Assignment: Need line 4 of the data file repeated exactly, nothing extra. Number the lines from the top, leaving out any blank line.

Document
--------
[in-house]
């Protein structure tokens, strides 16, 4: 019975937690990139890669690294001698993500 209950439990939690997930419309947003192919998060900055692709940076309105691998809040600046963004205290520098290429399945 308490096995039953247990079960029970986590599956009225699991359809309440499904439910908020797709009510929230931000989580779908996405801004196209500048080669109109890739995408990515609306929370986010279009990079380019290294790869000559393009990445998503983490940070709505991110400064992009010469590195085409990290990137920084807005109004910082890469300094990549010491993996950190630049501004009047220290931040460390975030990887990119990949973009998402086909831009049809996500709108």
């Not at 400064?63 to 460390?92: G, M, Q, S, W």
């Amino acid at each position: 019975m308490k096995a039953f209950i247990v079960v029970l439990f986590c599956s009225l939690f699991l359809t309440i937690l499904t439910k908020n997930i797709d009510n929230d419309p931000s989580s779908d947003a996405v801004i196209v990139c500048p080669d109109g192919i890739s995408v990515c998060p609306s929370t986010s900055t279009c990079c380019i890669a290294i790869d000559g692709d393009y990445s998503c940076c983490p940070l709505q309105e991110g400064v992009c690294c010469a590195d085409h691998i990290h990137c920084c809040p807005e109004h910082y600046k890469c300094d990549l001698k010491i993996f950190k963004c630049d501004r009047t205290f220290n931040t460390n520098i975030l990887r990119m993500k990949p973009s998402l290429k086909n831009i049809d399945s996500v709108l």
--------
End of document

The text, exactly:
């Amino acid at each position: 019975m308490k096995a039953f209950i247990v079960v029970l439990f986590c599956s009225l939690f699991l359809t309440i937690l499904t439910k908020n997930i797709d009510n929230d419309p931000s989580s779908d947003a996405v801004i196209v990139c500048p080669d109109g192919i890739s995408v990515c998060p609306s929370t986010s900055t279009c990079c380019i890669a290294i790869d000559g692709d393009y990445s998503c940076c983490p940070l709505q309105e991110g400064v992009c690294c010469a590195d085409h691998i990290h990137c920084c809040p807005e109004h910082y600046k890469c300094d990549l001698k010491i993996f950190k963004c630049d501004r009047t205290f220290n931040t460390n520098i975030l990887r990119m993500k990949p973009s998402l290429k086909n831009i049809d399945s996500v709108l």